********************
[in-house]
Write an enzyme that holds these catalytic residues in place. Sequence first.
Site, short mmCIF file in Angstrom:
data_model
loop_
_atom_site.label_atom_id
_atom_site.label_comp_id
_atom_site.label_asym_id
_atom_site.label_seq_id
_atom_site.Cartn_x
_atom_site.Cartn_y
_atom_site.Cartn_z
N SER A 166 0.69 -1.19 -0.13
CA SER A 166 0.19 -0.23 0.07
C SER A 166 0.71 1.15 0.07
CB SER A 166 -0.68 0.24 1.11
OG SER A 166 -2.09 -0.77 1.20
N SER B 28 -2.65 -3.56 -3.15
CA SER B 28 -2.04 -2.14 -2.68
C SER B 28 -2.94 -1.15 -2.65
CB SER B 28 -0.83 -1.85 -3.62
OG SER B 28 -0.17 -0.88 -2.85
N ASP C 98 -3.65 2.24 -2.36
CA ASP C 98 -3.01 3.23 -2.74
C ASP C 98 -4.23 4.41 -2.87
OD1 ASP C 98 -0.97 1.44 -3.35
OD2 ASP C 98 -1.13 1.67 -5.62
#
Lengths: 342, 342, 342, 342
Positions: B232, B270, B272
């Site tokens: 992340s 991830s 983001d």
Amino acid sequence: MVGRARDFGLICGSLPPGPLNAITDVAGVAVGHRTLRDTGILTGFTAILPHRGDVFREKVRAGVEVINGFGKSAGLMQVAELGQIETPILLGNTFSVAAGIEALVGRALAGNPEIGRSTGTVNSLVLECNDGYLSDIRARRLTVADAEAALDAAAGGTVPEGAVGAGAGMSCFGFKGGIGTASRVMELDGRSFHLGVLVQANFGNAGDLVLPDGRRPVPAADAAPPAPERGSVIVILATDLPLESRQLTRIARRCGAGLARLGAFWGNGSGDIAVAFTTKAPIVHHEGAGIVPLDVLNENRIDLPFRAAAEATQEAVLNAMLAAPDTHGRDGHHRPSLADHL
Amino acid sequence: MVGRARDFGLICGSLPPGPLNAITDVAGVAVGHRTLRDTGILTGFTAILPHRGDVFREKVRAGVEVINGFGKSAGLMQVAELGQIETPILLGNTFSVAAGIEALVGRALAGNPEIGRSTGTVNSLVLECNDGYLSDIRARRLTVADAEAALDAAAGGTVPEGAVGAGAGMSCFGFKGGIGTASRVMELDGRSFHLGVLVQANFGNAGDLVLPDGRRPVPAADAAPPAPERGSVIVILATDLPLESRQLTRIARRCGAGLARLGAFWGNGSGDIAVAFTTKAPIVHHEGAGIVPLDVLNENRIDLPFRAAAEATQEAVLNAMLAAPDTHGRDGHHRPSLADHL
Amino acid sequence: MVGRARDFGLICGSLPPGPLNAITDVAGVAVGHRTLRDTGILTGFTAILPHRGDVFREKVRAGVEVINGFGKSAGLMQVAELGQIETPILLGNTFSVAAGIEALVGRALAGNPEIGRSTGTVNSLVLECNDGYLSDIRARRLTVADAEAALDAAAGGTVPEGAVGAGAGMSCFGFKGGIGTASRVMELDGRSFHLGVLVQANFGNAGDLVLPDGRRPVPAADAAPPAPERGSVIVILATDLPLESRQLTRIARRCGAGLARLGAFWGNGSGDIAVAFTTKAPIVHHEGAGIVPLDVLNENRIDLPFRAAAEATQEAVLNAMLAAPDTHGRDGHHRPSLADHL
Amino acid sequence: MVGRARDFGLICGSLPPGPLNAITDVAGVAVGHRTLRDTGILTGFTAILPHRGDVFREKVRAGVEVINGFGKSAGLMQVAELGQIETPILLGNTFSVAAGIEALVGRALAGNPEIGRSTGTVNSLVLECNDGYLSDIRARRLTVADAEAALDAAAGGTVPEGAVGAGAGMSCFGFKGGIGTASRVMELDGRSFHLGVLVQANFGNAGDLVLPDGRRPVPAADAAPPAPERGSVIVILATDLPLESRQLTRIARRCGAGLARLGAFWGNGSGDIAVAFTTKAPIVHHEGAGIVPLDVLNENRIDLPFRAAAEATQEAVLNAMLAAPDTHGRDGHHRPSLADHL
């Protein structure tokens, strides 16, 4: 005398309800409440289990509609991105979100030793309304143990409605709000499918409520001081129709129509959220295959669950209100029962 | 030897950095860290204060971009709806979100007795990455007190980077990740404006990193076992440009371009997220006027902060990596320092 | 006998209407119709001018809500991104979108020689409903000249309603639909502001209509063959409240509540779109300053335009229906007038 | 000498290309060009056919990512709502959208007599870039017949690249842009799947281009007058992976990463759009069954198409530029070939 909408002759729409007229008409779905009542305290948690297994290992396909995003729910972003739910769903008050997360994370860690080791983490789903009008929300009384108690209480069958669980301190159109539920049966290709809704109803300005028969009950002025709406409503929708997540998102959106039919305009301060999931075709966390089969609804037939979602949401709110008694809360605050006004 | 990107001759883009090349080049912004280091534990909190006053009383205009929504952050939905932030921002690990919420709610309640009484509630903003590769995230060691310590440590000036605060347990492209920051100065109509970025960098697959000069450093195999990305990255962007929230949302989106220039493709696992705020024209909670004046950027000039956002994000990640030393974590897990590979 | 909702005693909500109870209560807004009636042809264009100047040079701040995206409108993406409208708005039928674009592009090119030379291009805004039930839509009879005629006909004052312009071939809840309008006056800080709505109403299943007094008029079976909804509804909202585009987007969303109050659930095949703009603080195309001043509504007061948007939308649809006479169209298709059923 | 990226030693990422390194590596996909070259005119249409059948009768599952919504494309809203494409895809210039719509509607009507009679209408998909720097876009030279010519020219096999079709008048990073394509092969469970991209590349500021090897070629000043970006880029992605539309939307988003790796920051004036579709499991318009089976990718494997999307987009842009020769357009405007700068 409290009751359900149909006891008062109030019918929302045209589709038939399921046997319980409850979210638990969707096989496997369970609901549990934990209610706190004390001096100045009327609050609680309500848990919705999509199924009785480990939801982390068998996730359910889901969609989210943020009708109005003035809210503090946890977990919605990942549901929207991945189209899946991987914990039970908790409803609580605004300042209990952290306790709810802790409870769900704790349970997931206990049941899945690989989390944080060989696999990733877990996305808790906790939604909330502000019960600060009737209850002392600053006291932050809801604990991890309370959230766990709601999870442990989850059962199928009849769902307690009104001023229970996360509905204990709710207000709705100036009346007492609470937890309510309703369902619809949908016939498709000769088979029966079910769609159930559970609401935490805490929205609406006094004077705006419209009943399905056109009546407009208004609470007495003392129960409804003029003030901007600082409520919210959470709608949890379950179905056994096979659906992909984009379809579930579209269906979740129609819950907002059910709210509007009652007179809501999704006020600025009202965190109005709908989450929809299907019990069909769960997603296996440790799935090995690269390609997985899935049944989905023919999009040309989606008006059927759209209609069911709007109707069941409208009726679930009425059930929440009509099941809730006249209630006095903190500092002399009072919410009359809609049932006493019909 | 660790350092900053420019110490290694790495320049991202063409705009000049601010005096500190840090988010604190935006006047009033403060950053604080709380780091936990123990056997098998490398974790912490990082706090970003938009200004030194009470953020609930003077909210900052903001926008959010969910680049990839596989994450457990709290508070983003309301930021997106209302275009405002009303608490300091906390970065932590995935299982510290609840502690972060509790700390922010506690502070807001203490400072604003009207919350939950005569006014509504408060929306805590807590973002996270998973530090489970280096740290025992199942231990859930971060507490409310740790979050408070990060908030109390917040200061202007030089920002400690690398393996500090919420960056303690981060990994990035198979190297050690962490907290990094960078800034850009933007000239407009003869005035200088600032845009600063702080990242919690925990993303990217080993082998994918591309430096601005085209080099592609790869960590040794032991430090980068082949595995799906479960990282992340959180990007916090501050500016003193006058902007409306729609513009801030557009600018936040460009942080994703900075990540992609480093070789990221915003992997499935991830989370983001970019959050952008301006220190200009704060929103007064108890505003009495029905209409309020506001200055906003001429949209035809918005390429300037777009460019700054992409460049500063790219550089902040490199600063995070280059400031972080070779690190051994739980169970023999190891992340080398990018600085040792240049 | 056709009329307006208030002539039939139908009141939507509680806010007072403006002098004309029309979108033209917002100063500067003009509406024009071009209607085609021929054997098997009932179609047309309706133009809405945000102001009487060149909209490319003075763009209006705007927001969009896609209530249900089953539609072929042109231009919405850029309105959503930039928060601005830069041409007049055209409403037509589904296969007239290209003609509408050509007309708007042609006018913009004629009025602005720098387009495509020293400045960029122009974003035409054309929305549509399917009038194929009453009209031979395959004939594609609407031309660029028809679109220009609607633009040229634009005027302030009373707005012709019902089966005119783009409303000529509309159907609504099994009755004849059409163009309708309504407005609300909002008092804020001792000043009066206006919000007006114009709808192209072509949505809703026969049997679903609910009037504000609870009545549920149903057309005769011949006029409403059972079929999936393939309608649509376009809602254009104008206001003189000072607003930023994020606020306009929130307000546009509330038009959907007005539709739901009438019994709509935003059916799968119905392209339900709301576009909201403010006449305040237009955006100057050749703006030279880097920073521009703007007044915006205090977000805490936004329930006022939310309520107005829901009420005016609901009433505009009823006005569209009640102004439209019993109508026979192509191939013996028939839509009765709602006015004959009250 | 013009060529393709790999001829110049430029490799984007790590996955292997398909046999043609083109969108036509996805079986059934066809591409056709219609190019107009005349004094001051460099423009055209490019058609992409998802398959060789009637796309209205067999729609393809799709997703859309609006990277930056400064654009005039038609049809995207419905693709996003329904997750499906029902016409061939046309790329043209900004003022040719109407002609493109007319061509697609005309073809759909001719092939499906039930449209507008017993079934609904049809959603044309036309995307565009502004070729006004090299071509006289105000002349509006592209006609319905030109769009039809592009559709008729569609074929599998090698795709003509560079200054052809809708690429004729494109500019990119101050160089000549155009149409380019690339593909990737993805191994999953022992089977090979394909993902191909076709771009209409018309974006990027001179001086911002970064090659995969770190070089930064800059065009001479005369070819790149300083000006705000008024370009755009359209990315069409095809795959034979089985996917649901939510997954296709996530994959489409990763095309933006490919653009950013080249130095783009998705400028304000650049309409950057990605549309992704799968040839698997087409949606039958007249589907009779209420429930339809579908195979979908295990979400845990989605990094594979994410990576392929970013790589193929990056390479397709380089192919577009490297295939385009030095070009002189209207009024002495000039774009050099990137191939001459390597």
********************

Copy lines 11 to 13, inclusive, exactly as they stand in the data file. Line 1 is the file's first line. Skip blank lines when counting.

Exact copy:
_atom_site.Cartn_y
_atom_site.Cartn_z
N SER A 166 0.69 -1.19 -0.13